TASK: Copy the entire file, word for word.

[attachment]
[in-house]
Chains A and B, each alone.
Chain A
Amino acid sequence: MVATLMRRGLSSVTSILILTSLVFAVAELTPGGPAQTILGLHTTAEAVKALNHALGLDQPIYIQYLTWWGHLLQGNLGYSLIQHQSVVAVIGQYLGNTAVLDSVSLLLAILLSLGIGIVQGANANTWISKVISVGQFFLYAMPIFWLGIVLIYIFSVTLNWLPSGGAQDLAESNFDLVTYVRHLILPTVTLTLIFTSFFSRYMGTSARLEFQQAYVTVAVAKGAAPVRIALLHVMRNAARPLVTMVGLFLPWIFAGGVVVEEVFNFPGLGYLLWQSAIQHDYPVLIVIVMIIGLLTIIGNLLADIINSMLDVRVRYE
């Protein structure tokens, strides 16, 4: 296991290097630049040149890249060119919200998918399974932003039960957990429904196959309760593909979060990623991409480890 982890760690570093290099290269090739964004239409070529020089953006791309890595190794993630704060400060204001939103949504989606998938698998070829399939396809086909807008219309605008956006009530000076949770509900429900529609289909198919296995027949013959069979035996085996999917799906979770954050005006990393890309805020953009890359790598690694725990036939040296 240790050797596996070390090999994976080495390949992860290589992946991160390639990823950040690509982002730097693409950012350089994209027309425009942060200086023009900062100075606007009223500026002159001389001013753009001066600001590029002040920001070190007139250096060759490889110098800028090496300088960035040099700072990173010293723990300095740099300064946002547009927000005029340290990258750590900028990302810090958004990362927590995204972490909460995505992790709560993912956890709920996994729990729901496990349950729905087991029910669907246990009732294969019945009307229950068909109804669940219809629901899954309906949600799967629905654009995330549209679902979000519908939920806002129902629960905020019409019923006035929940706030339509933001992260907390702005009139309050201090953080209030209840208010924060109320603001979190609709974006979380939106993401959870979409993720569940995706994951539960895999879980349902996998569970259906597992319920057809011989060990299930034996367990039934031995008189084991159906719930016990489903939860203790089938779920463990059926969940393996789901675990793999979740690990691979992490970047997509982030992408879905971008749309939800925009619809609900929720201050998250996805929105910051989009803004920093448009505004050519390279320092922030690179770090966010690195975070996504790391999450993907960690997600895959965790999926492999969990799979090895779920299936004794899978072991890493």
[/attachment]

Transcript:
[in-house]
Chains A and B, each alone.
Chain A
Amino acid sequence: MVATLMRRGLSSVTSILILTSLVFAVAELTPGGPAQTILGLHTTAEAVKALNHALGLDQPIYIQYLTWWGHLLQGNLGYSLIQHQSVVAVIGQYLGNTAVLDSVSLLLAILLSLGIGIVQGANANTWISKVISVGQFFLYAMPIFWLGIVLIYIFSVTLNWLPSGGAQDLAESNFDLVTYVRHLILPTVTLTLIFTSFFSRYMGTSARLEFQQAYVTVAVAKGAAPVRIALLHVMRNAARPLVTMVGLFLPWIFAGGVVVEEVFNFPGLGYLLWQSAIQHDYPVLIVIVMIIGLLTIIGNLLADIINSMLDVRVRYE
């Protein structure tokens, strides 16, 4: 296991290097630049040149890249060119919200998918399974932003039960957990429904196959309760593909979060990623991409480890 982890760690570093290099290269090739964004239409070529020089953006791309890595190794993630704060400060204001939103949504989606998938698998070829399939396809086909807008219309605008956006009530000076949770509900429900529609289909198919296995027949013959069979035996085996999917799906979770954050005006990393890309805020953009890359790598690694725990036939040296 240790050797596996070390090999994976080495390949992860290589992946991160390639990823950040690509982002730097693409950012350089994209027309425009942060200086023009900062100075606007009223500026002159001389001013753009001066600001590029002040920001070190007139250096060759490889110098800028090496300088960035040099700072990173010293723990300095740099300064946002547009927000005029340290990258750590900028990302810090958004990362927590995204972490909460995505992790709560993912956890709920996994729990729901496990349950729905087991029910669907246990009732294969019945009307229950068909109804669940219809629901899954309906949600799967629905654009995330549209679902979000519908939920806002129902629960905020019409019923006035929940706030339509933001992260907390702005009139309050201090953080209030209840208010924060109320603001979190609709974006979380939106993401959870979409993720569940995706994951539960895999879980349902996998569970259906597992319920057809011989060990299930034996367990039934031995008189084991159906719930016990489903939860203790089938779920463990059926969940393996789901675990793999979740690990691979992490970047997509982030992408879905971008749309939800925009619809609900929720201050998250996805929105910051989009803004920093448009505004050519390279320092922030690179770090966010690195975070996504790391999450993907960690997600895959965790999926492999969990799979090895779920299936004794899978072991890493």